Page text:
|Which director would you like to work with that you haven’t before? “I just saw ‘Walk the Line’ so I’m a little obsessed right now with James Mangold. I’ve also always wanted to work with Alexander Payne. I love his sensibility and his love of the absurd.”
How do you as an actor balance commerce and art? “It’s a tough balance but I try to look at the bigger reason why I’m doing something. For example, I did a television show that didn’t last and wasn’t what I wanted to be doing at the time, but I made some of my best friends on it.”
Up next: “I just did the NASCAR movie that Will Ferrell stars in. I have other stuff in the works, but I prefer to let the ink dry on the contracts first.”
There’s a tradition of finely drawn, regionally specific indie films that launch major actresses — think Renee Zellweger in the Texas-set “The Whole Wide World” or Ashley Judd in the Florida panhandle tale “Ruby in Paradise.” Phil Morrison’s North Carolina-set “Junebug” could be such a film for Amy Adams.
Previously best known for holding her own as Leonardo DiCaprio’s young fiancee in “Catch Me if You Can,” Adams lights up the dysfunctional household she inhabits in “Junebug,” director Phil Morrison and writer Angus MacLachlan’s look at a freighted weekend with a small-town Southern family.
Adams plays the unnervingly cheerful Ashley, about to give birth after marrying her gloomy, rage-filled high school sweetheart (“The O.C.” co-star Benjamin McKenzie). With the breathless, kooky rhythms of her particular take on the local dialect, and the avid curiosity that beams from her saucer-sized eyes, Adams comes across as both a naive, chattering teen and a strong, enduring spirit.
At Sundance, where the film world premiered in January, Adams was singled out for a special jury prize for acting. “I was stunned,” she says. “Not just by the prize, but by the movie that Phil had made.”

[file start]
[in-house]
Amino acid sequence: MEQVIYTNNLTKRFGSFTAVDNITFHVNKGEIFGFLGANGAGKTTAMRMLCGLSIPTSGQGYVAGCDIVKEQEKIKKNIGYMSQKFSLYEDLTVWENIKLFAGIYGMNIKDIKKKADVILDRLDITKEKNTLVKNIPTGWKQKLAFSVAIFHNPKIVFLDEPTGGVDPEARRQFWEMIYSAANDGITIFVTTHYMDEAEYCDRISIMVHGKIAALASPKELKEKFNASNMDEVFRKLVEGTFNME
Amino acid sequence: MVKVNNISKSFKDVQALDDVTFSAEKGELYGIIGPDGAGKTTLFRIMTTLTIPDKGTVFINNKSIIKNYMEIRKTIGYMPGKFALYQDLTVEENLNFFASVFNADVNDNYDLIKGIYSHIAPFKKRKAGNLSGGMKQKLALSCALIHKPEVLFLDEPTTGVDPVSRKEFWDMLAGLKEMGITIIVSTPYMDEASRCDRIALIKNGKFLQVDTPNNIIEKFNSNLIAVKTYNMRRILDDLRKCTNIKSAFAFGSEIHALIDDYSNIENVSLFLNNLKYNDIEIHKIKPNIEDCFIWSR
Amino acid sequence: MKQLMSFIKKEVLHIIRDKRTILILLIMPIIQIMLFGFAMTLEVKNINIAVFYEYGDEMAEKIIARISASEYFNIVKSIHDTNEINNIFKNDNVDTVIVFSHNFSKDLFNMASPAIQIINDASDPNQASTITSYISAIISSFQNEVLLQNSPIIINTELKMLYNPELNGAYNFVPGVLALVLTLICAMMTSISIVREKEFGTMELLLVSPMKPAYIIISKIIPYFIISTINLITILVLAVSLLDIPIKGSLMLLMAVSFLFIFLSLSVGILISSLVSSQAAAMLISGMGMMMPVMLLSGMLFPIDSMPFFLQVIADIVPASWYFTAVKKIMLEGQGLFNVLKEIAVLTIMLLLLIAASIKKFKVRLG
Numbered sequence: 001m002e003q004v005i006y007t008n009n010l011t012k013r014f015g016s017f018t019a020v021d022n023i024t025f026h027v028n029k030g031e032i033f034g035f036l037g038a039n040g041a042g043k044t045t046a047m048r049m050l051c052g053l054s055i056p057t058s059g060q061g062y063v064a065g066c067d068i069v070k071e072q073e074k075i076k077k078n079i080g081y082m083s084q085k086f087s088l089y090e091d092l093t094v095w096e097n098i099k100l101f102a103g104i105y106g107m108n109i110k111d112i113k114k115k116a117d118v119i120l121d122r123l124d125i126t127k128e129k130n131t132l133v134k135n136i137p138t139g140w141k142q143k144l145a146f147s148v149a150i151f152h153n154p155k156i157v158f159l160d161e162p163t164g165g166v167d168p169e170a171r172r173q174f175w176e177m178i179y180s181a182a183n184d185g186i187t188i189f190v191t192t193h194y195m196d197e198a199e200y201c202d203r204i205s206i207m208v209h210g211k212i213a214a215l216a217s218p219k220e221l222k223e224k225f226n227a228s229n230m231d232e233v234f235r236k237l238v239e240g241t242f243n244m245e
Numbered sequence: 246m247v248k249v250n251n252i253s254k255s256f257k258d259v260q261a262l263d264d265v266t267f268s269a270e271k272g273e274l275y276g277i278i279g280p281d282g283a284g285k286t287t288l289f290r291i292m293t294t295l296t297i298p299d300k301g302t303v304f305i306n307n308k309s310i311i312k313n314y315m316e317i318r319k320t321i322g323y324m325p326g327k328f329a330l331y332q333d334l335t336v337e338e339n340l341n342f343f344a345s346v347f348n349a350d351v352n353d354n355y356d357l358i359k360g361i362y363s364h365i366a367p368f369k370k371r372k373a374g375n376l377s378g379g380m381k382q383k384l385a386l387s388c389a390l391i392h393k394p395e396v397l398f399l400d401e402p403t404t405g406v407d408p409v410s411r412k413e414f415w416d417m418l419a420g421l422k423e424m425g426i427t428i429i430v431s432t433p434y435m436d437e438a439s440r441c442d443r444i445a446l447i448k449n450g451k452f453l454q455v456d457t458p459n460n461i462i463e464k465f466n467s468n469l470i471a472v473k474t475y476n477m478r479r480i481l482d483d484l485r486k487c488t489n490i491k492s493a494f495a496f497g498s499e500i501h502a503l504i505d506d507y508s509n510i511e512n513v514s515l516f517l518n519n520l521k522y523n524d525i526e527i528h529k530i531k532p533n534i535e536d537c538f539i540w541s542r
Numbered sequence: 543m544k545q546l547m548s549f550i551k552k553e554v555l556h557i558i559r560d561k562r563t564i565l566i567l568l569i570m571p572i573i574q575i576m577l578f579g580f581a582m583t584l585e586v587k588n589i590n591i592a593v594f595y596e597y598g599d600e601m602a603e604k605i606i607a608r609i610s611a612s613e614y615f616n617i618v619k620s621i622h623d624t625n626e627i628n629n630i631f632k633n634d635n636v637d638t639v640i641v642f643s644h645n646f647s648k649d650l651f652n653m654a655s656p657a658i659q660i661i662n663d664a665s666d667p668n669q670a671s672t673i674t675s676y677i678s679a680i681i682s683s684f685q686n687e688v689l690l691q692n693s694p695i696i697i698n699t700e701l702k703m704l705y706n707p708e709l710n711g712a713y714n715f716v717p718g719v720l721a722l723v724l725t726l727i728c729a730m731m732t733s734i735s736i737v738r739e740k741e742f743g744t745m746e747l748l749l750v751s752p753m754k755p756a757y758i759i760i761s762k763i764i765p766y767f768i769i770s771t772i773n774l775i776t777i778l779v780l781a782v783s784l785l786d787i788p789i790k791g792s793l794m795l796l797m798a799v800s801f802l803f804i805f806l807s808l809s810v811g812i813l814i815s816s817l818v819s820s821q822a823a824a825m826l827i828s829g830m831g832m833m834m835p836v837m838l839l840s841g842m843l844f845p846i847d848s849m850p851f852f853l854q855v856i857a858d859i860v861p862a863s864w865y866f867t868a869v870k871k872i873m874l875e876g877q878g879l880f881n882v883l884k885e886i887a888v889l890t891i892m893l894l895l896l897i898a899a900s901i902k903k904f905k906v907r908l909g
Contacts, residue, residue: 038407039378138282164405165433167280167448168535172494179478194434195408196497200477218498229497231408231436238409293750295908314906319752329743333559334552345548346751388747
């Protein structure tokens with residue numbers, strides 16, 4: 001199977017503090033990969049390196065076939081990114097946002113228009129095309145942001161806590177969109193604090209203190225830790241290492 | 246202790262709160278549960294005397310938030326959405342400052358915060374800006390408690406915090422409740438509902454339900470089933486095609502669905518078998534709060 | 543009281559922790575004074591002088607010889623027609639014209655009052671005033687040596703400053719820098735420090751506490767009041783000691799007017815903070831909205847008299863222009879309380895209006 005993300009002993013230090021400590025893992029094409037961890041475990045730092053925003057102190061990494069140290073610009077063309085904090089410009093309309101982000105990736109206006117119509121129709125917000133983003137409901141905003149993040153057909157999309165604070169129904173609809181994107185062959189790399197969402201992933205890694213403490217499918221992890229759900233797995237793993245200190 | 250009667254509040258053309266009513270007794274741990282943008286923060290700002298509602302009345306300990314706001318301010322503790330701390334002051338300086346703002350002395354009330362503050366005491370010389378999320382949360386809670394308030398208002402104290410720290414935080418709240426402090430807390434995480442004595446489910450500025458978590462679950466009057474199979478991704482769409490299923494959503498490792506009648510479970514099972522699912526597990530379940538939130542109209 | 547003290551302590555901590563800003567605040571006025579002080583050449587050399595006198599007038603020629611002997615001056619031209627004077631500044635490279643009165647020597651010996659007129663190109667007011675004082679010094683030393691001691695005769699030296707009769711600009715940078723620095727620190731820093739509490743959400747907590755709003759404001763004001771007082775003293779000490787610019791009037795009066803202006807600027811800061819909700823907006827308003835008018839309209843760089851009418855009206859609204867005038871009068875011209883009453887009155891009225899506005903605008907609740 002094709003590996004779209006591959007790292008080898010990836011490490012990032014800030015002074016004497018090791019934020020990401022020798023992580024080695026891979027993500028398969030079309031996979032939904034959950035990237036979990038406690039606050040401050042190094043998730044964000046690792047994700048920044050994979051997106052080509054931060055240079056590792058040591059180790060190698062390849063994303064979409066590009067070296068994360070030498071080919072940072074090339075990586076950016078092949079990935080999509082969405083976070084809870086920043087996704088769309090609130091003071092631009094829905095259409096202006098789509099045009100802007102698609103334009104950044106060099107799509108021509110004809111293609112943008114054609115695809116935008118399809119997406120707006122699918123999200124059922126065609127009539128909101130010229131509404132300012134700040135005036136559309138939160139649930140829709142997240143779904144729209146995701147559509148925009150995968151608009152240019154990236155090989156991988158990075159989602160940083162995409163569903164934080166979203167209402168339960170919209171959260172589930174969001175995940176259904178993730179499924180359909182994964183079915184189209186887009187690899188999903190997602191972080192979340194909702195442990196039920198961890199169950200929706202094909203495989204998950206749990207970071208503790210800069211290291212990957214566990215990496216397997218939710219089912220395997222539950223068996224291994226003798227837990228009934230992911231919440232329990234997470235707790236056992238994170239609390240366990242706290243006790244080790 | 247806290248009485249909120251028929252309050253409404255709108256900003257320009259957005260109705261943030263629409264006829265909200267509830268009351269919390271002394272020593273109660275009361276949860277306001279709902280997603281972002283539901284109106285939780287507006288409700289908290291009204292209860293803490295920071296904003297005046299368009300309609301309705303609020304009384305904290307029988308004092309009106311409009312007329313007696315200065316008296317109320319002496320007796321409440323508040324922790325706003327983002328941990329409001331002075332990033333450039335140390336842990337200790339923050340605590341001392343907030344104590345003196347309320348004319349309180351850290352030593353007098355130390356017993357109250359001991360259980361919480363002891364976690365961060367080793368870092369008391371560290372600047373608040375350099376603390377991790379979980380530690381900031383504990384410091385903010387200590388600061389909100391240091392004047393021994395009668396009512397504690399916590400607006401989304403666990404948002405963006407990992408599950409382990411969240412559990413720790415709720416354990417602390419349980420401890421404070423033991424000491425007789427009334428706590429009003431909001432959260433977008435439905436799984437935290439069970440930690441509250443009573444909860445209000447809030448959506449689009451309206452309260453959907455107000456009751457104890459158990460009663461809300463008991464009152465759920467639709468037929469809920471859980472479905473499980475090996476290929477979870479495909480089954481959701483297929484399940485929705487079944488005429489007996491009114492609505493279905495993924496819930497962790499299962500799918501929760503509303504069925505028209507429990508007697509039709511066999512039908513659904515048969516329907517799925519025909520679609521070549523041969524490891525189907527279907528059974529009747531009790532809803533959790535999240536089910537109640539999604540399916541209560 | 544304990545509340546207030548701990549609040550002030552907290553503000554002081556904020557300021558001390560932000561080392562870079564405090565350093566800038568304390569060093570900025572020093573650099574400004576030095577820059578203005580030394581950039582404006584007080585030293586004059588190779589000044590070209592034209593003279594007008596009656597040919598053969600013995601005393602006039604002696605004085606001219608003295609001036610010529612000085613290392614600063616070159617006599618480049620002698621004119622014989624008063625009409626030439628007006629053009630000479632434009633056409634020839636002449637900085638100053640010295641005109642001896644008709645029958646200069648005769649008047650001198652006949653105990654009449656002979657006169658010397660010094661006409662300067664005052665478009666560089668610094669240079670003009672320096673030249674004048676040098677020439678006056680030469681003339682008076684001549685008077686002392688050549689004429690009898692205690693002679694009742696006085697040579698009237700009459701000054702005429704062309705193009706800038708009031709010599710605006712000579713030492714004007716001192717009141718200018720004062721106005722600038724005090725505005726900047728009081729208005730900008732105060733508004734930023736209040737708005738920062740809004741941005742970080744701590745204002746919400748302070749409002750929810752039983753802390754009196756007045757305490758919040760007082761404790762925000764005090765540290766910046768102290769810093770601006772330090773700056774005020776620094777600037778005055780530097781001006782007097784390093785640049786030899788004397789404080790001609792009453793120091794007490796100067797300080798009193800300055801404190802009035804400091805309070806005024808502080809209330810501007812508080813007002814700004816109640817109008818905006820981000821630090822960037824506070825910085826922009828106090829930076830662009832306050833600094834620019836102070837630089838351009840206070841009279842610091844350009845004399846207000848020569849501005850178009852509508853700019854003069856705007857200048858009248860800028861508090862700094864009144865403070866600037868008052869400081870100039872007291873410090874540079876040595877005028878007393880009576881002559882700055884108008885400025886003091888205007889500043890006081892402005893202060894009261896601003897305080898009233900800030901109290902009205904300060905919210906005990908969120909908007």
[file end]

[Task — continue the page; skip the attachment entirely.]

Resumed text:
The cast had taken a chance on Morrison’s first-time feature, shot in 21 days on a budget below $1 million. “We did it because we loved it, but that doesn’t always translate. This movie exceeded my expectations,” she says.
A Colorado native, Adams arrived in the Winston-Salem area 10 days before the shoot to begin absorbing local culture and speech patterns, and got further cues from co-star Celia Weston, a native.
About her grasp of this particular Southern character, Adams says, “A lot of her sensibility comes from her religious beliefs. If she has the ability to be patient and kind, then she sees that as her duty. She’s focused on what other people need.”
In one standout scene, Adams moves her character from heroic resilience to utter despair and back again as she confides her feelings to her beloved brother-in-law (Alessandro Nivola) after a devastating event.
“That was a little scary but I really trusted Phil,” says Adams. “We wanted it to be real, and I think real emotions are like that, all over the place and messy.
“My philosophy is that I walk into a film to tell somebody else’s story. Phil and Angus were so specific and so passionate that I felt I should try a lot of things and really go where Ashley needed to go.”